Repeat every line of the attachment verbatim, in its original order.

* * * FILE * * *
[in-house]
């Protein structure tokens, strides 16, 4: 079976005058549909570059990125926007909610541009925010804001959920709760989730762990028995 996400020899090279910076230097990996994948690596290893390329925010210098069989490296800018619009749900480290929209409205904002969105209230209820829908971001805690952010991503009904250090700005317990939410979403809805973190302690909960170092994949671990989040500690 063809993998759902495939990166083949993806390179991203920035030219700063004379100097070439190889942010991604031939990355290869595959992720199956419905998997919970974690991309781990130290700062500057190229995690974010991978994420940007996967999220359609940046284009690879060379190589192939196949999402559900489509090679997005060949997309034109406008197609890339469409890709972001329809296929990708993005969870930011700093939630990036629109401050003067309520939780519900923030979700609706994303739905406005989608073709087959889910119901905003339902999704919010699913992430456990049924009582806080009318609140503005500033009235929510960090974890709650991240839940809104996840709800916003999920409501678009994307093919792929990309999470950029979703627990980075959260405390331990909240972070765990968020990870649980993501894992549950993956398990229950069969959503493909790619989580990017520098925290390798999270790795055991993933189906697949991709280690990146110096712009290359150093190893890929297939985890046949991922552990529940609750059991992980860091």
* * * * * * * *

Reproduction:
[in-house]
């Protein structure tokens, strides 16, 4: 079976005058549909570059990125926007909610541009925010804001959920709760989730762990028995 996400020899090279910076230097990996994948690596290893390329925010210098069989490296800018619009749900480290929209409205904002969105209230209820829908971001805690952010991503009904250090700005317990939410979403809805973190302690909960170092994949671990989040500690 063809993998759902495939990166083949993806390179991203920035030219700063004379100097070439190889942010991604031939990355290869595959992720199956419905998997919970974690991309781990130290700062500057190229995690974010991978994420940007996967999220359609940046284009690879060379190589192939196949999402559900489509090679997005060949997309034109406008197609890339469409890709972001329809296929990708993005969870930011700093939630990036629109401050003067309520939780519900923030979700609706994303739905406005989608073709087959889910119901905003339902999704919010699913992430456990049924009582806080009318609140503005500033009235929510960090974890709650991240839940809104996840709800916003999920409501678009994307093919792929990309999470950029979703627990980075959260405390331990909240972070765990968020990870649980993501894992549950993956398990229950069969959503493909790619989580990017520098925290390798999270790795055991993933189906697949991709280690990146110096712009290359150093190893890929297939985890046949991922552990529940609750059991992980860091």